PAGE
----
Interview: Adam Parr
Honda F1 website
Honda website

JULY 13, 2011

Interview: Adam Parr

Williams chairman Adam Parr spoke out about exhaust blown diffusers, the team's new Renault deal and its hopes for the future. Tony Dodgins listened to him.

Q: So, Williams supported the Technical Working Group move to revert back to Valencia spec exhaust blown diffusers?

Did we?

Q: Yes, apparently...

No we didn't.

Q: But you signed the letter?

On Sunday you mean? Oh, I see. Sam (Michael) may have done something.

Q: The Silverstone regs appeared to help your form?

I think it's a hugely complicated issue because even if we know what it does to us, we don't know what it does to everyone else. The whole thing came up because people had developed this hot-blowing technique. We sat down with Cosworth and asked if they could do it. They said yes, this is how many engines you're going to need, this is how much it's going to cost, and then Patrick (Head) said, 'hang on a minute, is this even legal?' So we sat down and said well, actually, there's three different rules under which this is probably illegal, and two of them appear under Article 3:15, one to do with parts that influence the aerodynamic performance of the car being rigidly secured to the chassis, and another is a new rule for this year which says that any system that relies upon driver movement to influence aerodynamic performance is illegal. I don't think we were the only ones but we asked for a clarification from Charlie, which is normal procedure, and very rapidly we got the answer back saying no, this is not legal, which has been his consistent position. Using the throttle, during braking, to get aerodynamic performance, is not legal. It's using a thing that is moving rather fast and is not rigidly secured to anything. And it's the driver as well. We said whoopee, we don't have to spend gazzilions developing a system.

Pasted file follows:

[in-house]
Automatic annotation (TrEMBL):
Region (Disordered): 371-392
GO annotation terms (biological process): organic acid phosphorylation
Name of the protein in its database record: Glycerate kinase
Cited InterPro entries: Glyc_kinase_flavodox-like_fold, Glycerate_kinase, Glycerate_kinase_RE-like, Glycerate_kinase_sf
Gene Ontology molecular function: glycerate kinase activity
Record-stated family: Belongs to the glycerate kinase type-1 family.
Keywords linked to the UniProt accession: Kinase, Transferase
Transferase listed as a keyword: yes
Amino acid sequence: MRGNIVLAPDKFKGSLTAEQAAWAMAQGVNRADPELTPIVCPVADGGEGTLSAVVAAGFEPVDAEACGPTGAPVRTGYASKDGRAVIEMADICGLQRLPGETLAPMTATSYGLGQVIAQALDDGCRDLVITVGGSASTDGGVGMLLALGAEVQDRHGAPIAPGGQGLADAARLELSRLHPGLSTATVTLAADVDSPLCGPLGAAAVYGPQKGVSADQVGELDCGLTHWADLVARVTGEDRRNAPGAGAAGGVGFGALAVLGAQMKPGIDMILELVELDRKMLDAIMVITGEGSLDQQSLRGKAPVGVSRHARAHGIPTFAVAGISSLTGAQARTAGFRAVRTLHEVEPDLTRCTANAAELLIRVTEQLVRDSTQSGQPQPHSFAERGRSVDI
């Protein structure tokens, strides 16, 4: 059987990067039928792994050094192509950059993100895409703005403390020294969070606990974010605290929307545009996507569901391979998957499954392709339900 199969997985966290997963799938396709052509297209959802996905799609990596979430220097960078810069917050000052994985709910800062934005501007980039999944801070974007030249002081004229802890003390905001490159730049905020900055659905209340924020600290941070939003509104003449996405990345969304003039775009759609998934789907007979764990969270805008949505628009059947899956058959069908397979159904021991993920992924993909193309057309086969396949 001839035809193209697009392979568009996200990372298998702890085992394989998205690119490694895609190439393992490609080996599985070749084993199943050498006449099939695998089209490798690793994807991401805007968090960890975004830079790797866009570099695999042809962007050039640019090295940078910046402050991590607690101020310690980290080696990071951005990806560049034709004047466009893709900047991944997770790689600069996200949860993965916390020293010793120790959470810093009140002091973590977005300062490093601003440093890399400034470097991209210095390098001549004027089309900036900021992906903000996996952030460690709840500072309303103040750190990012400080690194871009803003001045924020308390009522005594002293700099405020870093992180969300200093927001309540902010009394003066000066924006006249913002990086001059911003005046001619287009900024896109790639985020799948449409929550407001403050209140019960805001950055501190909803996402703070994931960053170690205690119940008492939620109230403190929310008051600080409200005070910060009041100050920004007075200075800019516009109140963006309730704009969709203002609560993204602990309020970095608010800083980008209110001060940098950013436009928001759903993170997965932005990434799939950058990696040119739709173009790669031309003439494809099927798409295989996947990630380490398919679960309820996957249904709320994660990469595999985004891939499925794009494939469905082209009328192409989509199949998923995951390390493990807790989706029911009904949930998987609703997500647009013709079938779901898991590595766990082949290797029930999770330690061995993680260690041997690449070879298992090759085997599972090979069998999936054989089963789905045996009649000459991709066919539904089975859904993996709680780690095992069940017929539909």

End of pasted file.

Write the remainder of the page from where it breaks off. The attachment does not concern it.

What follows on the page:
Q: What sort of money are we talking about?

A lot. And that was only at first. You set out a programme to see if you can do it but there's no guarantee that will be the end of it. It was significant money. It was not a case of trying to optimize our position, simply a case of finding out whether something is legal or not before you spend loads of money that you don't really have. Anyway, if they've all found a solution, I'm thrilled!

Q: Is this kind of rule instability good for the sport?